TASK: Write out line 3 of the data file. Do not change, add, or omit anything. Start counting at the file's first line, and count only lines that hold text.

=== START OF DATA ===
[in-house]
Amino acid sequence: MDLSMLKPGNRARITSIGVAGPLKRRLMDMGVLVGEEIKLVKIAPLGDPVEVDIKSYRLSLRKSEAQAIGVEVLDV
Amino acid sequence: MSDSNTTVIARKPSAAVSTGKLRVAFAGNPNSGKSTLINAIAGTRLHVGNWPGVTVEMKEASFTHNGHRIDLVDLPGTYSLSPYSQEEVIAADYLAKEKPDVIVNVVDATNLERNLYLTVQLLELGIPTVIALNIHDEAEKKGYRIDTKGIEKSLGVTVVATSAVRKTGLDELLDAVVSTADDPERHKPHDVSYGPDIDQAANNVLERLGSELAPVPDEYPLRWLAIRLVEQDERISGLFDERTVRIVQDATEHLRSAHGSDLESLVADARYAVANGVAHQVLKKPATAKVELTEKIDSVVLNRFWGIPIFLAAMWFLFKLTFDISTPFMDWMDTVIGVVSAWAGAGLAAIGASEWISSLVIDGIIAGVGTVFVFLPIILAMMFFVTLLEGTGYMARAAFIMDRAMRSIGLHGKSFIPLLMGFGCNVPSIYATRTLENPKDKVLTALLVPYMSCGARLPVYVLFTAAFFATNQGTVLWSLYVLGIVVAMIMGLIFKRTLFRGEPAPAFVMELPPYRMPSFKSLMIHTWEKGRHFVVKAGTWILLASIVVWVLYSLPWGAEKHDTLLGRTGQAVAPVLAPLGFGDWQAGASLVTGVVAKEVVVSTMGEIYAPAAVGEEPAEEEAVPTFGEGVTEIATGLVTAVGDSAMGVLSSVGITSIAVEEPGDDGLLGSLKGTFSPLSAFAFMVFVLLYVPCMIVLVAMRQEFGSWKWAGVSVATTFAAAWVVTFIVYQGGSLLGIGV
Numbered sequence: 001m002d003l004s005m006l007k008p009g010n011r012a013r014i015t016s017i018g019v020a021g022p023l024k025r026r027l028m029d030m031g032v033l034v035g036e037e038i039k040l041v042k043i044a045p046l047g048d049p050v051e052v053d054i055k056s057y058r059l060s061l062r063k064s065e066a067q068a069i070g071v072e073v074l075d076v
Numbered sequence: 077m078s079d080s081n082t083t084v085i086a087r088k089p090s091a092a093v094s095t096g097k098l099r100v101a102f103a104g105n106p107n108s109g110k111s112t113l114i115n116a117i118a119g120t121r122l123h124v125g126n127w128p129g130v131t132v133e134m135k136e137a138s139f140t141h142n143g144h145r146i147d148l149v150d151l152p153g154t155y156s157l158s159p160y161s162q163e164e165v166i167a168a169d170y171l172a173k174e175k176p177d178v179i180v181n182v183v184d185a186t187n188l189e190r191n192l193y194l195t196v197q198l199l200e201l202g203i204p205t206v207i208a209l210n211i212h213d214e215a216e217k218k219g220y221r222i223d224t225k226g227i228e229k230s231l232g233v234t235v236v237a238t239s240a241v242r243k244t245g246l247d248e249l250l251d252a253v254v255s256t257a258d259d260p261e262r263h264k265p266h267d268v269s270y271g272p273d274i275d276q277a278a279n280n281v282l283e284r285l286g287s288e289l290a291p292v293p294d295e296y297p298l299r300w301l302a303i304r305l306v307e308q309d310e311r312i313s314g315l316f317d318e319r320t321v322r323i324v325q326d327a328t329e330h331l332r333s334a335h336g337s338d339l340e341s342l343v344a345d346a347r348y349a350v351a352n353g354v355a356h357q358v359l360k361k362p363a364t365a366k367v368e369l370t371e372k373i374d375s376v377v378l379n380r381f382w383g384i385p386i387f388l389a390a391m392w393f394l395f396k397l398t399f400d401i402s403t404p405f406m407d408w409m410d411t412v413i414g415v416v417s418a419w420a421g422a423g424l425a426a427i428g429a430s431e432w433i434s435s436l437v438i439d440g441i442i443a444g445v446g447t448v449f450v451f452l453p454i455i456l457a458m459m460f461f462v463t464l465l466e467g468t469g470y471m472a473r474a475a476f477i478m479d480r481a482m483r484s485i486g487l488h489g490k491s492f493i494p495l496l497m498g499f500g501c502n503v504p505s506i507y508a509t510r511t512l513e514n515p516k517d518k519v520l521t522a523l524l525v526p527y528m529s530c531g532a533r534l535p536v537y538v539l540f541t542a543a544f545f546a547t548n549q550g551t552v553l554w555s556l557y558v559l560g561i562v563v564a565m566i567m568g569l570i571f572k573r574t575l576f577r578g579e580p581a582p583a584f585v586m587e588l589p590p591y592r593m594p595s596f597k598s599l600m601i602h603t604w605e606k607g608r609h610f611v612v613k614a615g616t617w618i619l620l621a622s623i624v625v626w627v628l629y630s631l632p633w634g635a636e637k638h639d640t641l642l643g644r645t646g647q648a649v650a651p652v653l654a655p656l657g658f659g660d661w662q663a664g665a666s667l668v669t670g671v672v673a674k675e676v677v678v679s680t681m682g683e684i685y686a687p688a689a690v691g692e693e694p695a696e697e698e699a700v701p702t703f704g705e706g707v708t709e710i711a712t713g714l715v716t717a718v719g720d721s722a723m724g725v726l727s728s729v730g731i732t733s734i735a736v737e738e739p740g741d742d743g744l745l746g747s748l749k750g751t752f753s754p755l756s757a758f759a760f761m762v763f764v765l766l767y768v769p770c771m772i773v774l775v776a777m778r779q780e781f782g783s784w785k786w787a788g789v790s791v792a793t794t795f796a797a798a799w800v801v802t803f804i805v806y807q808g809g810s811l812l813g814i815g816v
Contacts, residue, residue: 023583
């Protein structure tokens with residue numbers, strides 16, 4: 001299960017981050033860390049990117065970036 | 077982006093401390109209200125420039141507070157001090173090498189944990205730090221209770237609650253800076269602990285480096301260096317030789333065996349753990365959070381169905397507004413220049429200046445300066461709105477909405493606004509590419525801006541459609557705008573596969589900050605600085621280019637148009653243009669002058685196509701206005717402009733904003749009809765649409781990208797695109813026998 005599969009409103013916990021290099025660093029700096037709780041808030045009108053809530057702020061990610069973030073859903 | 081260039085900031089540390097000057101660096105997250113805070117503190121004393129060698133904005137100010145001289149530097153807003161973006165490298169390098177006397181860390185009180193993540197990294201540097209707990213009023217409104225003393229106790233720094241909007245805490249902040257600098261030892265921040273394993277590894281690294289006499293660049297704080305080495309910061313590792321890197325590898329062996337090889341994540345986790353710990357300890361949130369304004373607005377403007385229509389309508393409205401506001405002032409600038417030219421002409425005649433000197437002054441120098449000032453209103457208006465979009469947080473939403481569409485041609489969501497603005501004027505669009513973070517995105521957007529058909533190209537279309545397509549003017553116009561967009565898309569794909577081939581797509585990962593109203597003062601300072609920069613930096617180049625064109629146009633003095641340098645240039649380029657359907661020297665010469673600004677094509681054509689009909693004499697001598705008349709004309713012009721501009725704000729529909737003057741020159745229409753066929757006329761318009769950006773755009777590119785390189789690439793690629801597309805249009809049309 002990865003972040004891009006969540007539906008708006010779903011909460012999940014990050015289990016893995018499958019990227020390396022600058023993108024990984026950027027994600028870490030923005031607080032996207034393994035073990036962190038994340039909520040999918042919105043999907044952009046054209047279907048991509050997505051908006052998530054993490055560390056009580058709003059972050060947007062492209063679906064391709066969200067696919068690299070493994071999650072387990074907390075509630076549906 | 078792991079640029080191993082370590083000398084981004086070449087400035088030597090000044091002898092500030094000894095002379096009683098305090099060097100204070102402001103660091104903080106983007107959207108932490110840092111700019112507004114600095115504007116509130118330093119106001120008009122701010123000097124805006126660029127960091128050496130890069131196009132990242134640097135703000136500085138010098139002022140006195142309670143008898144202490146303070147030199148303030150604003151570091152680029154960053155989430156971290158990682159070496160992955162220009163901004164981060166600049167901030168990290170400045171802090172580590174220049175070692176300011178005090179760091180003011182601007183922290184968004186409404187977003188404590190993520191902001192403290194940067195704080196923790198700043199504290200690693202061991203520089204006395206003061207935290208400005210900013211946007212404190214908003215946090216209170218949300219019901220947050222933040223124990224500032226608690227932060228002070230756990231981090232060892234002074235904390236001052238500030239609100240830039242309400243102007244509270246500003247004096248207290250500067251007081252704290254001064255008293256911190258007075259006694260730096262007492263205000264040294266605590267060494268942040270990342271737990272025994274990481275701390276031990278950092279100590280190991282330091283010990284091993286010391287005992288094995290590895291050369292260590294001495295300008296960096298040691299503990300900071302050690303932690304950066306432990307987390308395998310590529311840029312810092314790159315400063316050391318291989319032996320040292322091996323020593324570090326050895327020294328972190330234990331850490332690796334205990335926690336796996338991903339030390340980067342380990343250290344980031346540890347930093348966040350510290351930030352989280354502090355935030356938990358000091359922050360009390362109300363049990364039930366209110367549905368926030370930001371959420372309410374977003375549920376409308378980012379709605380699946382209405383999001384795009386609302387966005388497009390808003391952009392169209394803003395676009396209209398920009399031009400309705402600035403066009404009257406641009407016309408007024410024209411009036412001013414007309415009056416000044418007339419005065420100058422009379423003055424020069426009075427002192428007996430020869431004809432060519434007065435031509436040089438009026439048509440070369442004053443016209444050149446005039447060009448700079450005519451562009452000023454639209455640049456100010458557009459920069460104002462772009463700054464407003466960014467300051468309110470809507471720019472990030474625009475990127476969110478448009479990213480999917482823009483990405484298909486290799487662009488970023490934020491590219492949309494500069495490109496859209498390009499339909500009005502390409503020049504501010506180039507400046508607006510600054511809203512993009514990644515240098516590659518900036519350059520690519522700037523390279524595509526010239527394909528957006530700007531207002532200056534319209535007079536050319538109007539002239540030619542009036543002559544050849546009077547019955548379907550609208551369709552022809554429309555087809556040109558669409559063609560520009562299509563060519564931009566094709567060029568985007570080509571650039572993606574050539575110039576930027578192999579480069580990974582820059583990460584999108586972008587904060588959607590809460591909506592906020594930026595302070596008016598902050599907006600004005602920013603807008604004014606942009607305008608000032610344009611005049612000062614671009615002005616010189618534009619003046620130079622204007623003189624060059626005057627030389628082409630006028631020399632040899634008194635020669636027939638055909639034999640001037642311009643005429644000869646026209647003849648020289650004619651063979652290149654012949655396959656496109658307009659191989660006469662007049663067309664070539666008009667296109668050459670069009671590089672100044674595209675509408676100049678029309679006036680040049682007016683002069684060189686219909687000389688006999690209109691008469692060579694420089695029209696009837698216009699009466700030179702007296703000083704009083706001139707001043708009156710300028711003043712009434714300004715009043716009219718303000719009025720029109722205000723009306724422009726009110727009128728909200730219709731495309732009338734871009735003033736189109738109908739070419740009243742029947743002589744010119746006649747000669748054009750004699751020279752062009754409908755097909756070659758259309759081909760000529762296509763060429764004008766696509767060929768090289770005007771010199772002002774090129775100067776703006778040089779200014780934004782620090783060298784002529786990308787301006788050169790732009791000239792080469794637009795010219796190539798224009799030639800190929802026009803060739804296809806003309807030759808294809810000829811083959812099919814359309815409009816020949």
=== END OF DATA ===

Amino acid sequence: MSDSNTTVIARKPSAAVSTGKLRVAFAGNPNSGKSTLINAIAGTRLHVGNWPGVTVEMKEASFTHNGHRIDLVDLPGTYSLSPYSQEEVIAADYLAKEKPDVIVNVVDATNLERNLYLTVQLLELGIPTVIALNIHDEAEKKGYRIDTKGIEKSLGVTVVATSAVRKTGLDELLDAVVSTADDPERHKPHDVSYGPDIDQAANNVLERLGSELAPVPDEYPLRWLAIRLVEQDERISGLFDERTVRIVQDATEHLRSAHGSDLESLVADARYAVANGVAHQVLKKPATAKVELTEKIDSVVLNRFWGIPIFLAAMWFLFKLTFDISTPFMDWMDTVIGVVSAWAGAGLAAIGASEWISSLVIDGIIAGVGTVFVFLPIILAMMFFVTLLEGTGYMARAAFIMDRAMRSIGLHGKSFIPLLMGFGCNVPSIYATRTLENPKDKVLTALLVPYMSCGARLPVYVLFTAAFFATNQGTVLWSLYVLGIVVAMIMGLIFKRTLFRGEPAPAFVMELPPYRMPSFKSLMIHTWEKGRHFVVKAGTWILLASIVVWVLYSLPWGAEKHDTLLGRTGQAVAPVLAPLGFGDWQAGASLVTGVVAKEVVVSTMGEIYAPAAVGEEPAEEEAVPTFGEGVTEIATGLVTAVGDSAMGVLSSVGITSIAVEEPGDDGLLGSLKGTFSPLSAFAFMVFVLLYVPCMIVLVAMRQEFGSWKWAGVSVATTFAAAWVVTFIVYQGGSLLGIGV